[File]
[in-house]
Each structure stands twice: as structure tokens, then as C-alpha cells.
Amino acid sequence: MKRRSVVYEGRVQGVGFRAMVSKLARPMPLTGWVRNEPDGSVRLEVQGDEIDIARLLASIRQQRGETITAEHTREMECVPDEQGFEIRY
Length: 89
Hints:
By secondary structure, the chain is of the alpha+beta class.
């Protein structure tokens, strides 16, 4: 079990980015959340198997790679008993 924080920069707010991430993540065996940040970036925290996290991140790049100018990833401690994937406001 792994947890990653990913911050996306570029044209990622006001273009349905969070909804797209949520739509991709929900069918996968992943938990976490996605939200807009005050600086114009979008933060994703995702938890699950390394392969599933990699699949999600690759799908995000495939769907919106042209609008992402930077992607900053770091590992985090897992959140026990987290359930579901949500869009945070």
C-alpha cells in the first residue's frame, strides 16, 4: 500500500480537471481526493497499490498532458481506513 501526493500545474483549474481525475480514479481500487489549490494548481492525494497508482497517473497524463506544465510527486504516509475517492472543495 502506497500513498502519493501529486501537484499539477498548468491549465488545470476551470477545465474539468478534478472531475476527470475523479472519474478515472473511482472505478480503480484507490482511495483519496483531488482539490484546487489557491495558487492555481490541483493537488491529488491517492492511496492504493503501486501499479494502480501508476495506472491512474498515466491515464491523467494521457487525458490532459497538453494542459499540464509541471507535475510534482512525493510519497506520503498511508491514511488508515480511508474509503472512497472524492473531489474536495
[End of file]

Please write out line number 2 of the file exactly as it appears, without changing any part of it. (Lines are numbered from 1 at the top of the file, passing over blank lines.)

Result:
Each structure stands twice: as structure tokens, then as C-alpha cells.